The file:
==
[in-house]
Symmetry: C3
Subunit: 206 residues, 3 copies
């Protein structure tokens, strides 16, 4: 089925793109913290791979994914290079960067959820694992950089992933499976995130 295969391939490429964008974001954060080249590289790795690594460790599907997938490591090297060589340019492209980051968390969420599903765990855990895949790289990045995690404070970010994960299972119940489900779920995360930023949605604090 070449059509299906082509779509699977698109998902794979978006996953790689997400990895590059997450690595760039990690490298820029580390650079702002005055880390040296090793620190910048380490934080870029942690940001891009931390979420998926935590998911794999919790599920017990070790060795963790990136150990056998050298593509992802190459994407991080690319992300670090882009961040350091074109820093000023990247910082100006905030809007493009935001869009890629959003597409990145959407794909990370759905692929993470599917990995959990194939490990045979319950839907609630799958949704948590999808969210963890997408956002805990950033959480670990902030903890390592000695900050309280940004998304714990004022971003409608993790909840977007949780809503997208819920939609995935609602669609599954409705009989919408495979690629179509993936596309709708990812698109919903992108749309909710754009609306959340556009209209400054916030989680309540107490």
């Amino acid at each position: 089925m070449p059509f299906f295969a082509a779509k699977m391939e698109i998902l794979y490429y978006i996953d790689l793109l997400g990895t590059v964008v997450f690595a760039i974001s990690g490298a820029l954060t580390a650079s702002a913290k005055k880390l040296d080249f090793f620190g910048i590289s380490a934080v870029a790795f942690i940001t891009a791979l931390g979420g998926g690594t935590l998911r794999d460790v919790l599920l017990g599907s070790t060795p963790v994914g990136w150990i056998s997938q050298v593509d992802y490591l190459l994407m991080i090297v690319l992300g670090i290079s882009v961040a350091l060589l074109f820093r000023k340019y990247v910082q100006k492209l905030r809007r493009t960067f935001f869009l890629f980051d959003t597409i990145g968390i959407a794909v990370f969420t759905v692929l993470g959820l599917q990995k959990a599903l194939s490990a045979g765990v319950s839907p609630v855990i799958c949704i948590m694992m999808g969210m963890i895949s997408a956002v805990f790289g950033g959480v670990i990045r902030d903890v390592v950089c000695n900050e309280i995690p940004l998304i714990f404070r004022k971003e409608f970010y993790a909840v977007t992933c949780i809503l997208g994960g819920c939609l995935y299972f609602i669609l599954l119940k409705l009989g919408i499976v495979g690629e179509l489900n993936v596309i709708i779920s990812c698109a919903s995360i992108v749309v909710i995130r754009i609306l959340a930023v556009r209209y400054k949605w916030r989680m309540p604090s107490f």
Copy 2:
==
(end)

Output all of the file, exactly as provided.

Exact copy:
[in-house]
Symmetry: C3
Subunit: 206 residues, 3 copies
């Protein structure tokens, strides 16, 4: 089925793109913290791979994914290079960067959820694992950089992933499976995130 295969391939490429964008974001954060080249590289790795690594460790599907997938490591090297060589340019492209980051968390969420599903765990855990895949790289990045995690404070970010994960299972119940489900779920995360930023949605604090 070449059509299906082509779509699977698109998902794979978006996953790689997400990895590059997450690595760039990690490298820029580390650079702002005055880390040296090793620190910048380490934080870029942690940001891009931390979420998926935590998911794999919790599920017990070790060795963790990136150990056998050298593509992802190459994407991080690319992300670090882009961040350091074109820093000023990247910082100006905030809007493009935001869009890629959003597409990145959407794909990370759905692929993470599917990995959990194939490990045979319950839907609630799958949704948590999808969210963890997408956002805990950033959480670990902030903890390592000695900050309280940004998304714990004022971003409608993790909840977007949780809503997208819920939609995935609602669609599954409705009989919408495979690629179509993936596309709708990812698109919903992108749309909710754009609306959340556009209209400054916030989680309540107490």
């Amino acid at each position: 089925m070449p059509f299906f295969a082509a779509k699977m391939e698109i998902l794979y490429y978006i996953d790689l793109l997400g990895t590059v964008v997450f690595a760039i974001s990690g490298a820029l954060t580390a650079s702002a913290k005055k880390l040296d080249f090793f620190g910048i590289s380490a934080v870029a790795f942690i940001t891009a791979l931390g979420g998926g690594t935590l998911r794999d460790v919790l599920l017990g599907s070790t060795p963790v994914g990136w150990i056998s997938q050298v593509d992802y490591l190459l994407m991080i090297v690319l992300g670090i290079s882009v961040a350091l060589l074109f820093r000023k340019y990247v910082q100006k492209l905030r809007r493009t960067f935001f869009l890629f980051d959003t597409i990145g968390i959407a794909v990370f969420t759905v692929l993470g959820l599917q990995k959990a599903l194939s490990a045979g765990v319950s839907p609630v855990i799958c949704i948590m694992m999808g969210m963890i895949s997408a956002v805990f790289g950033g959480v670990i990045r902030d903890v390592v950089c000695n900050e309280i995690p940004l998304i714990f404070r004022k971003e409608f970010y993790a909840v977007t992933c949780i809503l997208g994960g819920c939609l995935y299972f609602i669609l599954l119940k409705l009989g919408i499976v495979g690629e179509l489900n993936v596309i709708i779920s990812c698109a919903s995360i992108v749309v909710i995130r754009i609306l959340a930023v556009r209209y400054k949605w916030r989680m309540p604090s107490f």
Copy 2: